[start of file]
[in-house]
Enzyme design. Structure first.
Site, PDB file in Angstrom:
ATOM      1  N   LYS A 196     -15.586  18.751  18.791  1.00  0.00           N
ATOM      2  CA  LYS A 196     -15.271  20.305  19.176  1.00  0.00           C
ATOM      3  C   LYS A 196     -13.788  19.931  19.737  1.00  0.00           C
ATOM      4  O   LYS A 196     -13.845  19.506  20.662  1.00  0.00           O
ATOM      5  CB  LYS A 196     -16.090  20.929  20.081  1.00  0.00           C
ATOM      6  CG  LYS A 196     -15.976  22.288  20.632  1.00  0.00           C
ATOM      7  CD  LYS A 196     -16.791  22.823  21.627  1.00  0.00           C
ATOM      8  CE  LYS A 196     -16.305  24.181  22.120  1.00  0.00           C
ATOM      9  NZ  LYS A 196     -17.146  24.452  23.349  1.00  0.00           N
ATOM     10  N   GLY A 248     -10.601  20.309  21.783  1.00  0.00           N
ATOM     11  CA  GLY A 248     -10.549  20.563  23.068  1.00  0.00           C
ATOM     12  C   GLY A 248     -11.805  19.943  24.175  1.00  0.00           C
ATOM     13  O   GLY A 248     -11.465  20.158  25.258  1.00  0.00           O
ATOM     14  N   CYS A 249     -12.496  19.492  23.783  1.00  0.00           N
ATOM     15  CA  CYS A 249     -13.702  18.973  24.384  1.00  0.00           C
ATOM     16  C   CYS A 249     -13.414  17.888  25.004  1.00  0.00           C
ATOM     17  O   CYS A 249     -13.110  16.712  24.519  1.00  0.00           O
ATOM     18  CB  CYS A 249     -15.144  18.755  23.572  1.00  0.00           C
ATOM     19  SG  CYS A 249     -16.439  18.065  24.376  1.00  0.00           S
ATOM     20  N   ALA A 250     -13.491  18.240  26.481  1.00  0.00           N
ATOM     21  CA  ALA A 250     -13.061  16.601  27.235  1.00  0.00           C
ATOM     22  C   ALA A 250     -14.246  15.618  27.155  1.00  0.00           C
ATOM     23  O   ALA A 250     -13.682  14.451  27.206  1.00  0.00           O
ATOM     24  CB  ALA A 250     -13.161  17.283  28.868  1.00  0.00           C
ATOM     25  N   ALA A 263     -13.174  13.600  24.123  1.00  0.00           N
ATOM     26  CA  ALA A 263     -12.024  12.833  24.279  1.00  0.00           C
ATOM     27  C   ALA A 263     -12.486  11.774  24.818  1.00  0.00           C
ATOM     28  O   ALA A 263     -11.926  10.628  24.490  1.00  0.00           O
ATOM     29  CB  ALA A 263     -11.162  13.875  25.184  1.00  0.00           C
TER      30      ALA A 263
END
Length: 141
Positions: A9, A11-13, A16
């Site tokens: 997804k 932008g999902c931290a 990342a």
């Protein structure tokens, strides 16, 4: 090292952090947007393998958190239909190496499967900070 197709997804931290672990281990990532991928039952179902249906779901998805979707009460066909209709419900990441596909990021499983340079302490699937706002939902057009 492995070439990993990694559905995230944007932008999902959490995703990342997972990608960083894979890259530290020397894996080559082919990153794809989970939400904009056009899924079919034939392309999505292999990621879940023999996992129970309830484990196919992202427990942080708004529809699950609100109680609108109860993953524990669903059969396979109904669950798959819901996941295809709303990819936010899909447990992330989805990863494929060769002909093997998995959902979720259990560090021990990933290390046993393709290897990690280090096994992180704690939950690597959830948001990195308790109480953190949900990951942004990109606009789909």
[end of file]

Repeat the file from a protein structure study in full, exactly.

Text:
[in-house]
Enzyme design. Structure first.
Site, PDB file in Angstrom:
ATOM      1  N   LYS A 196     -15.586  18.751  18.791  1.00  0.00           N
ATOM      2  CA  LYS A 196     -15.271  20.305  19.176  1.00  0.00           C
ATOM      3  C   LYS A 196     -13.788  19.931  19.737  1.00  0.00           C
ATOM      4  O   LYS A 196     -13.845  19.506  20.662  1.00  0.00           O
ATOM      5  CB  LYS A 196     -16.090  20.929  20.081  1.00  0.00           C
ATOM      6  CG  LYS A 196     -15.976  22.288  20.632  1.00  0.00           C
ATOM      7  CD  LYS A 196     -16.791  22.823  21.627  1.00  0.00           C
ATOM      8  CE  LYS A 196     -16.305  24.181  22.120  1.00  0.00           C
ATOM      9  NZ  LYS A 196     -17.146  24.452  23.349  1.00  0.00           N
ATOM     10  N   GLY A 248     -10.601  20.309  21.783  1.00  0.00           N
ATOM     11  CA  GLY A 248     -10.549  20.563  23.068  1.00  0.00           C
ATOM     12  C   GLY A 248     -11.805  19.943  24.175  1.00  0.00           C
ATOM     13  O   GLY A 248     -11.465  20.158  25.258  1.00  0.00           O
ATOM     14  N   CYS A 249     -12.496  19.492  23.783  1.00  0.00           N
ATOM     15  CA  CYS A 249     -13.702  18.973  24.384  1.00  0.00           C
ATOM     16  C   CYS A 249     -13.414  17.888  25.004  1.00  0.00           C
ATOM     17  O   CYS A 249     -13.110  16.712  24.519  1.00  0.00           O
ATOM     18  CB  CYS A 249     -15.144  18.755  23.572  1.00  0.00           C
ATOM     19  SG  CYS A 249     -16.439  18.065  24.376  1.00  0.00           S
ATOM     20  N   ALA A 250     -13.491  18.240  26.481  1.00  0.00           N
ATOM     21  CA  ALA A 250     -13.061  16.601  27.235  1.00  0.00           C
ATOM     22  C   ALA A 250     -14.246  15.618  27.155  1.00  0.00           C
ATOM     23  O   ALA A 250     -13.682  14.451  27.206  1.00  0.00           O
ATOM     24  CB  ALA A 250     -13.161  17.283  28.868  1.00  0.00           C
ATOM     25  N   ALA A 263     -13.174  13.600  24.123  1.00  0.00           N
ATOM     26  CA  ALA A 263     -12.024  12.833  24.279  1.00  0.00           C
ATOM     27  C   ALA A 263     -12.486  11.774  24.818  1.00  0.00           C
ATOM     28  O   ALA A 263     -11.926  10.628  24.490  1.00  0.00           O
ATOM     29  CB  ALA A 263     -11.162  13.875  25.184  1.00  0.00           C
TER      30      ALA A 263
END
Length: 141
Positions: A9, A11-13, A16
């Site tokens: 997804k 932008g999902c931290a 990342a």
């Protein structure tokens, strides 16, 4: 090292952090947007393998958190239909190496499967900070 197709997804931290672990281990990532991928039952179902249906779901998805979707009460066909209709419900990441596909990021499983340079302490699937706002939902057009 492995070439990993990694559905995230944007932008999902959490995703990342997972990608960083894979890259530290020397894996080559082919990153794809989970939400904009056009899924079919034939392309999505292999990621879940023999996992129970309830484990196919992202427990942080708004529809699950609100109680609108109860993953524990669903059969396979109904669950798959819901996941295809709303990819936010899909447990992330989805990863494929060769002909093997998995959902979720259990560090021990990933290390046993393709290897990690280090096994992180704690939950690597959830948001990195308790109480953190949900990951942004990109606009789909």